When I say healthy, natural fat – think nuts and seeds, avocados, omega 3 fats (found in almonds, flax seed and cold water fish, like wild salmon, herring, mackerel and tuna), extra virgin olive oil and whole eggs.
And when I talk about reducing certain carbohydrates, I mainly mean reducing your intake of refined carbohydrates such as pasta, rice and bread. Non starchy vegetables (such as broccoli, cabbage and cauliflower) are fine and can be eaten in abundance. Many fruits are packed with carbohydrates, so if you’re trying to reduce your carb intake, try and limit your intake to low-carb fruit, such as rhubarb, watermelon, berries, peaches and blackberries.
It is really important to say that I do not believe that there is one perfect diet for everyone. Different people respond to different diets.
However, if you have a diagnosis of type 2 diabetes or if you have been told you are at high risk or if you have significant abdominal obesity, here are 11 ways to start reversing the effects immediately:
- Avoid ALL refined carbohydrates. That means no pasta, rice or bread (even wholegrain bread will spike your insulin)
- Avoid ALL added sugar. If your body is already in a state where you cannot process carbohydrates and sugars properly, you are going to have to take steps to fully eliminate all sugars, at least in the short term.
- Avoid ALL sweet drinks. It is best to stick to water, tea, coffee.
- Do not be scared of good quality, healthy, natural fat – avocados, olives, almonds etc. Don’t worry about this causing you to put on weight. A study published in 2003 showed that people who supplemented their diet with almonds lost more weight than those who supplemented with so-called “healthy, complex carbs”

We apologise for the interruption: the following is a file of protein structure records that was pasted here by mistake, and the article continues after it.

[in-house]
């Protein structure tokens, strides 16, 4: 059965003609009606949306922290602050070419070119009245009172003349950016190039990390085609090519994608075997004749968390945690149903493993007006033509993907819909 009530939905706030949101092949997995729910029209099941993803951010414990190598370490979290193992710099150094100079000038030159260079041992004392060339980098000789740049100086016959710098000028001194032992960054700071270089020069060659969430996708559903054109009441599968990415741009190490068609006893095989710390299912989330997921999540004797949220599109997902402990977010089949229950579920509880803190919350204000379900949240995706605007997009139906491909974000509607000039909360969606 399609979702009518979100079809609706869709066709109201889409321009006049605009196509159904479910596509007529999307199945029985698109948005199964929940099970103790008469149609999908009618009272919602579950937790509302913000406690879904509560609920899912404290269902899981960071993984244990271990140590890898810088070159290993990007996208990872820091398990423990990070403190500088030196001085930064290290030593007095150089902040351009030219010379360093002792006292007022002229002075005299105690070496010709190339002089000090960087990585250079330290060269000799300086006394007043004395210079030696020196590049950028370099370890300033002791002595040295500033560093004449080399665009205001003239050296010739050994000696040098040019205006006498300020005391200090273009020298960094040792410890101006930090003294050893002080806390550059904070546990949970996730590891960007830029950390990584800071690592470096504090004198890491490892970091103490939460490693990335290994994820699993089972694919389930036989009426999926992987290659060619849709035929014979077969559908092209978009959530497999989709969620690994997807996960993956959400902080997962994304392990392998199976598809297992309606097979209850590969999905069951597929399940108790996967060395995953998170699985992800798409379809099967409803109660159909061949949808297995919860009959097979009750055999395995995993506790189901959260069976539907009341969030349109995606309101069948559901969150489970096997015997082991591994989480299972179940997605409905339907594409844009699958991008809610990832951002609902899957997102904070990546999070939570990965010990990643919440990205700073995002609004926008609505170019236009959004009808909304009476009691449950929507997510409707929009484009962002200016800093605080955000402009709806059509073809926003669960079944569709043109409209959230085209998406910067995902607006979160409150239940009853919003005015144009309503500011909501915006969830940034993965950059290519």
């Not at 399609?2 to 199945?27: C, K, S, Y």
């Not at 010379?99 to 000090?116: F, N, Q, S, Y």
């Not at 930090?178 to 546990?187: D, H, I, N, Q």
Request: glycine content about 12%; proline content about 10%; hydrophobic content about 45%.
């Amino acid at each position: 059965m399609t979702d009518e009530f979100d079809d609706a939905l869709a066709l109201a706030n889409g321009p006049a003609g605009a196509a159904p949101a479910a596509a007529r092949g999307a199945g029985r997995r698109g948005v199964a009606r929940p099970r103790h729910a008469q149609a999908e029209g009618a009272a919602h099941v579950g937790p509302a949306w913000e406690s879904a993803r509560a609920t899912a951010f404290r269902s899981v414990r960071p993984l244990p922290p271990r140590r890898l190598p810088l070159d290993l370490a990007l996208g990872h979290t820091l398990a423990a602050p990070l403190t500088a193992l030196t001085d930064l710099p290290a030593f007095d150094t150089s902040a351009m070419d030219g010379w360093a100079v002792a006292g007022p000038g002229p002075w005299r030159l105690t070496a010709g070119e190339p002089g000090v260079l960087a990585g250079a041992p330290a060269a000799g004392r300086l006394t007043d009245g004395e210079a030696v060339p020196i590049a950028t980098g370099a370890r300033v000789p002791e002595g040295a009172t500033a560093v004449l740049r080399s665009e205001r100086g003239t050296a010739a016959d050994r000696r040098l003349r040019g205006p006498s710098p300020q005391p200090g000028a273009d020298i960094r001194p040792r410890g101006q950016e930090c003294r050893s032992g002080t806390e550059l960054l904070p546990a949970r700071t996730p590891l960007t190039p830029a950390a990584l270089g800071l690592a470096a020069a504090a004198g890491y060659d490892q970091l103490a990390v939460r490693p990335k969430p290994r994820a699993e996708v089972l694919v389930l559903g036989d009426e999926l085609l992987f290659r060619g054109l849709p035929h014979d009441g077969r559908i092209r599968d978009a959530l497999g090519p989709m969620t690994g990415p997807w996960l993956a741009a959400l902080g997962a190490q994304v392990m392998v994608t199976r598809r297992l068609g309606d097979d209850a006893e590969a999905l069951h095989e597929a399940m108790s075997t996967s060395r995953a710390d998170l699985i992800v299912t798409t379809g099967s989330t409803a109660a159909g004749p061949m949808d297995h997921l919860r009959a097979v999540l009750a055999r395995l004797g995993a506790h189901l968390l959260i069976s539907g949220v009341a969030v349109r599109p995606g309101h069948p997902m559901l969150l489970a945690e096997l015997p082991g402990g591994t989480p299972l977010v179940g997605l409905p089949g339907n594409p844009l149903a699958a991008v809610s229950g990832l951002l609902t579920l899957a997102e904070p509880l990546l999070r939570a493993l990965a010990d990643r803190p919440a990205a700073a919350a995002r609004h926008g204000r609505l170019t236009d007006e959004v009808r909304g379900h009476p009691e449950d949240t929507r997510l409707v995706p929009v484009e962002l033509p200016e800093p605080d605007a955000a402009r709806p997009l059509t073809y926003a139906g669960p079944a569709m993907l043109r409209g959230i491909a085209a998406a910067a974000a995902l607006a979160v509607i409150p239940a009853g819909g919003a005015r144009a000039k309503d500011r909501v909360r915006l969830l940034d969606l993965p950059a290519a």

- Do not waste your energy counting calories. Concentrate on the quality of the food that you are eating and the calorie control will take care of itself.
- FEED YOUR GUT BUGS, not just yourself. There are trillions of bugs that live in your gut – their health is critical in determining your health. Many studies show links between the state of your gut bugs (your microbiota) and type 2 diabetes. Start improving the health of your gut immediately by eating five servings of different coloured vegetables each day. The non digestible fibre in vegetables is the preferred food for your gut bacteria and when your gut bugs are happy, you will be happy. The wider the variety of colours, the more phytonutrients you will be getting.
- Do my 5 minute kitchen workout once a day. This could be before breakfast, lunch or dinner – whatever works for you.
- If you like to snack, keep some high fat healthy snacks with you, such as olives, nuts or hummus. When you snack on refined carbohydrates such as biscuits, you go on a blood sugar rollercoaster that results in you feeling hungry shortly after. Fats, on the other hand, will keep you fuller for longer.
- Include high quality protein and fat with EVERY single meal. This helps to stabilise your blood sugars and promotes satiety and fullness, making it less likely that you will want to reach for dessert after your meal.
- Eat your meals sitting down at a table. Eating on the sofa while watching TV encourages a mindless form of eating – this can lead you to eat higher quantities than you otherwise would. If you sit at a table and concentrate on what you’re eating, you are more likely to enjoy your food, feel satisfied at the end of your meal and eat less.
- Consider a form of regular fasting (more to come in a later blog), such as intermittent fasting or time-restricted feeding (TRF). TRF means eating your calories during a specific window of the day, and choosing not to eat food for the rest. It’s a great way to reduce insulin levels in your body and help undo the effects of chronically elevated levels.
Source: Dr Rangan Chatterjee – http://www.drchatterjee.co.uk